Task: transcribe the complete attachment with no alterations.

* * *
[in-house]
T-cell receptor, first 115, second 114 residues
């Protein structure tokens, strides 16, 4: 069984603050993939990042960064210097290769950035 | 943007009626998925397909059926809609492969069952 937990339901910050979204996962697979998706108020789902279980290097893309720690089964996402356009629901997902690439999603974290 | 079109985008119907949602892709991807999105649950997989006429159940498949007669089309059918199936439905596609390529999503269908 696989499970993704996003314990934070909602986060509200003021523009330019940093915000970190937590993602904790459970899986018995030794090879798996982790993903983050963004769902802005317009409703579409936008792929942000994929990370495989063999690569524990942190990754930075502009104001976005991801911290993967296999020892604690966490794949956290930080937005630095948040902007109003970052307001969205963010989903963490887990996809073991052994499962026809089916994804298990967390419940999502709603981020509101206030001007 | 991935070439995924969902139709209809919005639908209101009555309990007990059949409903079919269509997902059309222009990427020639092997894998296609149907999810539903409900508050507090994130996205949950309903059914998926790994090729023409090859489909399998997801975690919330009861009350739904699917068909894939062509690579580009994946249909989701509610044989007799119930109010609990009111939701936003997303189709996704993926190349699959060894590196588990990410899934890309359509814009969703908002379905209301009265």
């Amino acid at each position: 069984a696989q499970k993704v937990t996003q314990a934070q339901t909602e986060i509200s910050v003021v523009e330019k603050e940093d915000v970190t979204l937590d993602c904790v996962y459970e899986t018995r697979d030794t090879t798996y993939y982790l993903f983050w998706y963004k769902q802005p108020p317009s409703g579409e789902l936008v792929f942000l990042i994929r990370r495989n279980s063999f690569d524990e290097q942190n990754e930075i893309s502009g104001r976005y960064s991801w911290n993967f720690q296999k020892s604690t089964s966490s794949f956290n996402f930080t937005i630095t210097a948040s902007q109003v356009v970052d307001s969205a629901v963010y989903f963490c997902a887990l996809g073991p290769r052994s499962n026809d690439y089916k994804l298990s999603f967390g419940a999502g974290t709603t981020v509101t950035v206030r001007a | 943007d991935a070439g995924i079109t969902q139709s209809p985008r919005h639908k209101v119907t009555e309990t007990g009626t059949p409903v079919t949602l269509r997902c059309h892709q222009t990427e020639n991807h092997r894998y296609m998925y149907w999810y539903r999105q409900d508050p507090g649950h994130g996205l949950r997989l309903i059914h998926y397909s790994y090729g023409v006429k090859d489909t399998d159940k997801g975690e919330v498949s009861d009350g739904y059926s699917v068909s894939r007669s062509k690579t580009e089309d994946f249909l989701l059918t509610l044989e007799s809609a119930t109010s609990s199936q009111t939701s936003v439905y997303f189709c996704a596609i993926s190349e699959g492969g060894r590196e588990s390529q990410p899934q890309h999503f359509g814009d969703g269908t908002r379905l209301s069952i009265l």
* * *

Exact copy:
[in-house]
T-cell receptor, first 115, second 114 residues
């Protein structure tokens, strides 16, 4: 069984603050993939990042960064210097290769950035 | 943007009626998925397909059926809609492969069952 937990339901910050979204996962697979998706108020789902279980290097893309720690089964996402356009629901997902690439999603974290 | 079109985008119907949602892709991807999105649950997989006429159940498949007669089309059918199936439905596609390529999503269908 696989499970993704996003314990934070909602986060509200003021523009330019940093915000970190937590993602904790459970899986018995030794090879798996982790993903983050963004769902802005317009409703579409936008792929942000994929990370495989063999690569524990942190990754930075502009104001976005991801911290993967296999020892604690966490794949956290930080937005630095948040902007109003970052307001969205963010989903963490887990996809073991052994499962026809089916994804298990967390419940999502709603981020509101206030001007 | 991935070439995924969902139709209809919005639908209101009555309990007990059949409903079919269509997902059309222009990427020639092997894998296609149907999810539903409900508050507090994130996205949950309903059914998926790994090729023409090859489909399998997801975690919330009861009350739904699917068909894939062509690579580009994946249909989701509610044989007799119930109010609990009111939701936003997303189709996704993926190349699959060894590196588990990410899934890309359509814009969703908002379905209301009265």
């Amino acid at each position: 069984a696989q499970k993704v937990t996003q314990a934070q339901t909602e986060i509200s910050v003021v523009e330019k603050e940093d915000v970190t979204l937590d993602c904790v996962y459970e899986t018995r697979d030794t090879t798996y993939y982790l993903f983050w998706y963004k769902q802005p108020p317009s409703g579409e789902l936008v792929f942000l990042i994929r990370r495989n279980s063999f690569d524990e290097q942190n990754e930075i893309s502009g104001r976005y960064s991801w911290n993967f720690q296999k020892s604690t089964s966490s794949f956290n996402f930080t937005i630095t210097a948040s902007q109003v356009v970052d307001s969205a629901v963010y989903f963490c997902a887990l996809g073991p290769r052994s499962n026809d690439y089916k994804l298990s999603f967390g419940a999502g974290t709603t981020v509101t950035v206030r001007a | 943007d991935a070439g995924i079109t969902q139709s209809p985008r919005h639908k209101v119907t009555e309990t007990g009626t059949p409903v079919t949602l269509r997902c059309h892709q222009t990427e020639n991807h092997r894998y296609m998925y149907w999810y539903r999105q409900d508050p507090g649950h994130g996205l949950r997989l309903i059914h998926y397909s790994y090729g023409v006429k090859d489909t399998d159940k997801g975690e919330v498949s009861d009350g739904y059926s699917v068909s894939r007669s062509k690579t580009e089309d994946f249909l989701l059918t509610l044989e007799s809609a119930t109010s609990s199936q009111t939701s936003v439905y997303f189709c996704a596609i993926s190349e699959g492969g060894r590196e588990s390529q990410p899934q890309h999503f359509g814009d969703g269908t908002r379905l209301s069952i009265l």